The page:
Portrait Photography: The Photographer's Guide to Capturing Mood + Emotion  | Ebuka Mordi | Skillshare

Photography became an integral aspect of my existence on a Sunday in June 2010. At the age of 13, my mother dispatched my father to purchase strawberries, yet he returned with a camera! Since then, I have been capturing moments wherever I go and immortalising all that I lay my eyes upon – from vibrant flowers and playful dogs to breathtaking landscapes. All of these photographs have been meticulously compiled into my cherished personal photo album.

I have a strong affinity for socialising and connecting with others. I thoroughly enjoy engaging in conversations and acquainting myself with new individuals. Consequently, once I became more self-assured in my photography skills, I directed my attention toward capturing human faces. To fuel my creativity, I would dedicate extensive hours perusing publications like Cosmopolitan and Glamour, extracting inspiration from the images showcased. Naturally, this progression resulted in me venturing into portrait photography, predominantly focusing on my friends and scouting picturesque locations throughout London to craft a comprehensive portfolio.

Right from my early years, I possessed a strong desire to become a photographer specialising in capturing people. Consequently, I made determined efforts to realise this goal. The key aspect of photography, as with any other form, lies in the portfolio. Irrespective of whether one’s interest lies in portrait, fashion, still life, or landscape photography, the emphasis is always on developing a portfolio that showcases a distinct style. Currently, having graduated from university two years ago, I am privileged to work with esteemed brands like Nike, Footlocker, Cosmopolitan, UGG, Sleek Makeup, Adidas, Skinnydip, and others.

Portrait photography encompasses more than simply capturing a person’s image. As a photographer, you have the chance to convey someone’s narrative by capturing their expression, utilising lighting techniques, and applying post-processing edits.

Portraiture is an exceptional form of photography. It possesses a captivating allure, often capturing my attention as I scroll through Instagram. In my line of work, fashion, and portraiture are closely connected, with a majority of my assignments involving capturing dynamic full-body shots and compelling close-up portraits.

In terms of portrait photography, although my experience primarily lies in the fashion realm, it is important to note that portraiture is also a significant aspect of street photography, documentary photography, beauty shooting, and corporate photography. Individuals involved in these diverse fields approach portrait photography with their own unique perspectives and objectives.

Tips for Capturing Portraits in a Home Setting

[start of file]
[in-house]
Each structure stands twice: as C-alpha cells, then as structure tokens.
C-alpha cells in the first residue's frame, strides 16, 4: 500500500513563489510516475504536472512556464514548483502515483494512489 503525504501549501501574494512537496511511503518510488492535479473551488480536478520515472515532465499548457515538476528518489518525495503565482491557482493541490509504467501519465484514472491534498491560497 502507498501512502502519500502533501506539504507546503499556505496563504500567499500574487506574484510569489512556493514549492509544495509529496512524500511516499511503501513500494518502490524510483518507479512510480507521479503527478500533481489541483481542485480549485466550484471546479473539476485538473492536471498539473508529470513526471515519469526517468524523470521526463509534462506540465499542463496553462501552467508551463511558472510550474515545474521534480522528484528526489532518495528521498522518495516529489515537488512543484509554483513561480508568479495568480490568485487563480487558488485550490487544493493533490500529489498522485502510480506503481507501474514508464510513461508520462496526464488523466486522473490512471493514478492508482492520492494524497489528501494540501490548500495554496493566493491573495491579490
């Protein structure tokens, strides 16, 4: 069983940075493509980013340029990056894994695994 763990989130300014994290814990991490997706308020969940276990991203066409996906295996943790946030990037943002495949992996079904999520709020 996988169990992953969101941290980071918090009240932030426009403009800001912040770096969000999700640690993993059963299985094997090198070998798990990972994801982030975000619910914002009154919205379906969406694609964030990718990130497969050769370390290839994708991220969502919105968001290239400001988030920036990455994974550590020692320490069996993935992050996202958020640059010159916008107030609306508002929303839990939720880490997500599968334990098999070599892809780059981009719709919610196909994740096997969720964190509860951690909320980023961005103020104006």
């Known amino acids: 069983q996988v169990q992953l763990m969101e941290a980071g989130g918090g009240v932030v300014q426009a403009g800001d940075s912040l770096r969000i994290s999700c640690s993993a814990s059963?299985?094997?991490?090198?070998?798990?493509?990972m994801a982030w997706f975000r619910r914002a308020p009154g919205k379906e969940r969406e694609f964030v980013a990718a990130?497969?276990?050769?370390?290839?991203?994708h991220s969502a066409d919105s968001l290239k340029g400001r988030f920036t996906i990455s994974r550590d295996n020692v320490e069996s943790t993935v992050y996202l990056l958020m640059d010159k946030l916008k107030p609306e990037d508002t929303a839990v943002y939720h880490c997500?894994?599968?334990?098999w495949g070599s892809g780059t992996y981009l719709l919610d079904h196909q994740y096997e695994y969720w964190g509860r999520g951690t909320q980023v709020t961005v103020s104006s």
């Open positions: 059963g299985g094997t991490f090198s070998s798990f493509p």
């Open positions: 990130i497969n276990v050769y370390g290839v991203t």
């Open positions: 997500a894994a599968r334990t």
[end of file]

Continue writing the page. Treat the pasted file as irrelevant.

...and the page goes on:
Being a knowledgeable fashion photographer, my goal is to constantly produce innovative visuals without incurring heavy expenses on studio rentals or lighting equipment. After a series of experiments and learning from my mistakes, I have discovered the most effective setup that enables me to capture impressive and professional images right within the confines of my small London apartment.

In order to shoot at home effectively, there are several crucial factors to consider. Firstly, it is important to create a designated area near a source of natural light. This will serve as the foundation for your shooting setup.

In my setup, I utilise the following equipment: backdrop stands, mini colorama (backdrop paper), and several reflectors. The reflectors are employed to soften intense sunlight during brighter days, while on overcast cloudy days, I redirect the flashgun’s light using the reflector to achieve a makeshift softbox effect. To further adjust the lighting, I occasionally position the Profoto A1 flash away from the camera. On warmer days, I even bring my colorama outdoors, enabling me to capture photos in natural daylight while still maintaining a studio atmosphere.

When it comes to photography, I prefer connecting my camera to a laptop. This setup allows not only the subject but also the rest of the team, including makeup, hair, and styling, to view the captured images in real time. The positive feedback received during the shooting process helps the subject feel at ease, leading to the creation of exceptional visual content.

If you desire a documentary-style ambiance in your photographs, it is advisable to maximise the utilisation of natural light. The greater the availability of natural light, the less you will need to rely on artificial lighting or adjust your camera settings, such as excessively increasing your ISO.

Recommended Camera Options for Capturing Portrait Photography

As an individual with experience and knowledge in photography, I tend to prefer Canon cameras. Specifically, I frequently switch between the EOS 5D Mark III and IV, finding them highly suitable for my photography style. Nonetheless, when it comes to capturing portraits, it is essential to prioritise the lenses you utilise rather than fixating solely on the camera body. You may consider alternative equipment to capture portraits rather than landscapes or wildlife, where a Vortex spotting scope would be more appropriate.

Choosing the Appropriate Lens for Portrait Photography

As someone with a background in fashion, I typically opt for the 24-70mm f/2.8 lens. This choice provides the versatility I need to capture striking portraits up close, as well as the ability to capture wider shots. When working on a set with a variety of photography styles, such as fashion and portraiture, it is advantageous to have a reliable lens that can meet the demands of both disciplines.